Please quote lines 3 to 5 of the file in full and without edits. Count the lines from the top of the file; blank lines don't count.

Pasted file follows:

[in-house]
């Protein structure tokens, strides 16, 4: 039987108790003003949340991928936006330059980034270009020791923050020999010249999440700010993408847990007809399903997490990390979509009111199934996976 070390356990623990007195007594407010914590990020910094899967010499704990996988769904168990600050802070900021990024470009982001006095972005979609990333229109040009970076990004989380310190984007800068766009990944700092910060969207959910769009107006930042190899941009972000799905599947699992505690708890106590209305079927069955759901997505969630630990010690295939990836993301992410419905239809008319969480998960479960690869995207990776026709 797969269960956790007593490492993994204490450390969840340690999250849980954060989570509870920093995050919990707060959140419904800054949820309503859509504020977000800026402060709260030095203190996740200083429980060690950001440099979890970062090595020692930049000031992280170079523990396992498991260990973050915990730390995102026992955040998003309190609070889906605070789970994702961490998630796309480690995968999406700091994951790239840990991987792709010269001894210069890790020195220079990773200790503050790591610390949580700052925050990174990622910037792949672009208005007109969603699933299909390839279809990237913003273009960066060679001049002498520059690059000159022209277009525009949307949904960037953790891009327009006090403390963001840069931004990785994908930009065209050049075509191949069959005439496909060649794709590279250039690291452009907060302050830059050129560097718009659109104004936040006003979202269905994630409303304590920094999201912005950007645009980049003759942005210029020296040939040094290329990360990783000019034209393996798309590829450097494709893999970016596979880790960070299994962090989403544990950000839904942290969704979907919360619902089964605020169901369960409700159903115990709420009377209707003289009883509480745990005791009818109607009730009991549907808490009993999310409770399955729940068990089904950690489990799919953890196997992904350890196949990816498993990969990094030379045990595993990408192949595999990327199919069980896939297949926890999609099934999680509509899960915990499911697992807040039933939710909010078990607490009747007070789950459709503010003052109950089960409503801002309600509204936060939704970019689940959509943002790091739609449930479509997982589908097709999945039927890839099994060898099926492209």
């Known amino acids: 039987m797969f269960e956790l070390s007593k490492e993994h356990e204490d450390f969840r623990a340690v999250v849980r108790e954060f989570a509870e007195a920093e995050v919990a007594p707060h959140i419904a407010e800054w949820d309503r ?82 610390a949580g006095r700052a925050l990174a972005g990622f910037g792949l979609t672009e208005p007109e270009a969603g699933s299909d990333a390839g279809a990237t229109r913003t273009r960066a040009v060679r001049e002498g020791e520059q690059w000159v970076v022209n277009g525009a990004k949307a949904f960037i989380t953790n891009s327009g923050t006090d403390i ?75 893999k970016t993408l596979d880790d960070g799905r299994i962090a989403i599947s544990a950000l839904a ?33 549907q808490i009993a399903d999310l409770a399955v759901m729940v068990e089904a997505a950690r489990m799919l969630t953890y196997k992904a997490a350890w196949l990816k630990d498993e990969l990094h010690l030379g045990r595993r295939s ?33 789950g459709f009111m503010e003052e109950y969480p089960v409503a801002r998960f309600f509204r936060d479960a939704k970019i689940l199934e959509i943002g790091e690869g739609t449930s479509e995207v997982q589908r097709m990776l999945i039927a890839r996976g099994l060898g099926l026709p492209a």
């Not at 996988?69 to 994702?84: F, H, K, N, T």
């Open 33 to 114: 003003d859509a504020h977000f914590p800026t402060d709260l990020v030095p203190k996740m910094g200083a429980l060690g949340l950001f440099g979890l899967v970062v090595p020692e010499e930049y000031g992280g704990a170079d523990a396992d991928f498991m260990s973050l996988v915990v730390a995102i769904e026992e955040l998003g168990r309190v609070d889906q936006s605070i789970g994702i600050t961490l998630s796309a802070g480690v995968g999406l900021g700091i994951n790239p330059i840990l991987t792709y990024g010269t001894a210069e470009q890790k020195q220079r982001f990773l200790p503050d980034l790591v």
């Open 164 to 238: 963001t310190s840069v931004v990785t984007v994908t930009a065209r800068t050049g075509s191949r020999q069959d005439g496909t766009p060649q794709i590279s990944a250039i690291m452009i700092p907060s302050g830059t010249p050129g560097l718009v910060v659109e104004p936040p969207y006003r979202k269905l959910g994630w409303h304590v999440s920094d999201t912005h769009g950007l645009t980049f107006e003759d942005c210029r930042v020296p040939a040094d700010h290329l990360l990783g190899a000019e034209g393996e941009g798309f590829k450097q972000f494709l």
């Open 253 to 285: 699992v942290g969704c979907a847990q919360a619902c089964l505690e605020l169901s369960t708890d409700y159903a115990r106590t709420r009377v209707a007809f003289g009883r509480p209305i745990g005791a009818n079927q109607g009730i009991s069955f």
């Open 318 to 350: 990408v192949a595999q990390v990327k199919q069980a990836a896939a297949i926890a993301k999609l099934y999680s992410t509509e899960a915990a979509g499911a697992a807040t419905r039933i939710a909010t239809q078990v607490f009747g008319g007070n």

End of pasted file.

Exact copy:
């Known amino acids: 039987m797969f269960e956790l070390s007593k490492e993994h356990e204490d450390f969840r623990a340690v999250v849980r108790e954060f989570a509870e007195a920093e995050v919990a007594p707060h959140i419904a407010e800054w949820d309503r ?82 610390a949580g006095r700052a925050l990174a972005g990622f910037g792949l979609t672009e208005p007109e270009a969603g699933s299909d990333a390839g279809a990237t229109r913003t273009r960066a040009v060679r001049e002498g020791e520059q690059w000159v970076v022209n277009g525009a990004k949307a949904f960037i989380t953790n891009s327009g923050t006090d403390i ?75 893999k970016t993408l596979d880790d960070g799905r299994i962090a989403i599947s544990a950000l839904a ?33 549907q808490i009993a399903d999310l409770a399955v759901m729940v068990e089904a997505a950690r489990m799919l969630t953890y196997k992904a997490a350890w196949l990816k630990d498993e990969l990094h010690l030379g045990r595993r295939s ?33 789950g459709f009111m503010e003052e109950y969480p089960v409503a801002r998960f309600f509204r936060d479960a939704k970019i689940l199934e959509i943002g790091e690869g739609t449930s479509e995207v997982q589908r097709m990776l999945i039927a890839r996976g099994l060898g099926l026709p492209a």
């Not at 996988?69 to 994702?84: F, H, K, N, T």
């Open 33 to 114: 003003d859509a504020h977000f914590p800026t402060d709260l990020v030095p203190k996740m910094g200083a429980l060690g949340l950001f440099g979890l899967v970062v090595p020692e010499e930049y000031g992280g704990a170079d523990a396992d991928f498991m260990s973050l996988v915990v730390a995102i769904e026992e955040l998003g168990r309190v609070d889906q936006s605070i789970g994702i600050t961490l998630s796309a802070g480690v995968g999406l900021g700091i994951n790239p330059i840990l991987t792709y990024g010269t001894a210069e470009q890790k020195q220079r982001f990773l200790p503050d980034l790591v």